Sometimes life places people in your path at exactly the right moment, in exactly the right place. A stranger who wants to talk on a plane, or a stranger who’s okay with silence. Sometimes the universe is kind that way. We all know that sometimes that’s not the way it goes, and we deal with those days too.
I was at the market a few weeks ago, picking up some gratitude gifts for the people who would be putting us up on our road trip. I picked up a Jamaican meat patty downstairs, made short work of it, and headed upstairs to say hello to a friend whose art has found more than one home in my house. En route, I passed a man I have known, but not known, since we were kids. 13, to be exact, although he lied about his age way back when. I’ve had pictures of that 13 year old in an album for – well, since I was 13. It never really made sense to me that we somehow made an unspoken agreement that we didn’t know each other. When I moved here, and our paths crossed over the years, and they have often crossed, we never spoke about having met each other. I thought he had forgotten. It was a Grade 8 class trip, and there were many people there. Easy to get lost in the shuffle of memory files.
Well, for whatever reason, I stopped in my tracks this particular Saturday morning, and backtracked. Decided I needed another beef patty. Called him by name, tentatively. Put out a bridge. And in that moment, in a flurry of handshakes, hugs, I’m sorries, and laughter, he crossed the bridge, and we both gained a friend.
Why did it take almost 30 years? How many other misconceptions have hindered relationships? How many of us walk around hogtied by stories we tell ourselves, or that others have told us?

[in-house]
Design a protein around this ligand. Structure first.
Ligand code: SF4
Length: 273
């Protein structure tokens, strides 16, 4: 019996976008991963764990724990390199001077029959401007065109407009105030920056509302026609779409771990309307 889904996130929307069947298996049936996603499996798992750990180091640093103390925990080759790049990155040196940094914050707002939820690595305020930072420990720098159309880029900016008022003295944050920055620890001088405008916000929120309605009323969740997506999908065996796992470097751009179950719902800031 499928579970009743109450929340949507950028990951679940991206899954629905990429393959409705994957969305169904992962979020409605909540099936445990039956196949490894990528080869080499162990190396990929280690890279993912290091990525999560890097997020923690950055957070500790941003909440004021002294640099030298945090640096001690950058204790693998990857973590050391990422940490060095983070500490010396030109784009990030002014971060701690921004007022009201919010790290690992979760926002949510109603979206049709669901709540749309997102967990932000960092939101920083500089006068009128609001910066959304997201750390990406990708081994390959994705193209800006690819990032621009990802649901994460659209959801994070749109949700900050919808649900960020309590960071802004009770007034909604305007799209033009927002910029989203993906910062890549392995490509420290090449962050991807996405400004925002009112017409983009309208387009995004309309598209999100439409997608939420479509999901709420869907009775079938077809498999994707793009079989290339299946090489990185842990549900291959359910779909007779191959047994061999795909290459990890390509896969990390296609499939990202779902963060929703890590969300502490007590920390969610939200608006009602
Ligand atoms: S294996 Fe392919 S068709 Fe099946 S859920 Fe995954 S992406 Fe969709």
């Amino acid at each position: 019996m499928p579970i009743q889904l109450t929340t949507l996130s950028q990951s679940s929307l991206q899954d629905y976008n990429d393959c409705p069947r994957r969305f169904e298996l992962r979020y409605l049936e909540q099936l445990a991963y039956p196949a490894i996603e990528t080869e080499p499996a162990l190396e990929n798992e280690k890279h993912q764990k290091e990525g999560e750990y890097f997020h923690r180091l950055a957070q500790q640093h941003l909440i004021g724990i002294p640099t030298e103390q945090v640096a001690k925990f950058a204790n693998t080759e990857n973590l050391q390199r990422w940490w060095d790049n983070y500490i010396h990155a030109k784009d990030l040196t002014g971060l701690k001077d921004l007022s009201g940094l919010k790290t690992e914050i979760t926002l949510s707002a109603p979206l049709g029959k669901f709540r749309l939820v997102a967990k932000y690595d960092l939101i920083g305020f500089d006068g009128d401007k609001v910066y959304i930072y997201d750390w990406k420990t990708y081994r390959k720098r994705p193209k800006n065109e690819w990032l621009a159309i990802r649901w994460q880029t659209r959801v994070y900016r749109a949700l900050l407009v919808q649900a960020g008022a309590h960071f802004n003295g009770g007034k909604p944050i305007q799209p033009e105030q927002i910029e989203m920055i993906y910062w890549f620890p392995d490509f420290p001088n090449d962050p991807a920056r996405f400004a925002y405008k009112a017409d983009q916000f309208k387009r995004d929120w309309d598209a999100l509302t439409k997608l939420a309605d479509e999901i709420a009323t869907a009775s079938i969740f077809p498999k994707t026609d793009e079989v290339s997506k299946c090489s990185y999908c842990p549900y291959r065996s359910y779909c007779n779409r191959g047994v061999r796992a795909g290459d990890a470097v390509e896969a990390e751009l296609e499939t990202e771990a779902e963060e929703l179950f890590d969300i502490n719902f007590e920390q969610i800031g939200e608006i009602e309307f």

We went for a walk in the woods yesterday, one of those transformative, energizing walks in the woods that creates all sorts of space in one’s head. I’ve been really trying to find my hook for writing for the past couple of weeks and it hasn’t come, until one of many moments that stopped me in my tracks during our walk. I was telling him a story from my past during our walk. A story about regret, a story that still makes me feel shame, a story about treating a stranger poorly. My new friend stopped me. Said ‘Hey. I don’t want you to tell that story again. You don’t need to. It can stay here. And that’s okay.’
Whew. Well, let’s take that lesson and splash it all over my life, shall we? There are so many stories that don’t need to be told again. Stories that don’t make anything richer with their telling, stories that don’t do anything but bring pain up fresh again. Some stories just need to be put away.
And then he did this, after a good feed of leftover Indian food:
And there it was. Space created. Sure. It’s a napkin and a jewelry bag, probably with a bit of curry on it somewhere. But it was a powerful image. Put those stories in here, he said. That small little space is where they can live. You, though. You live out here. Look at all that room.
Yeah. I think that’s where I’ll live.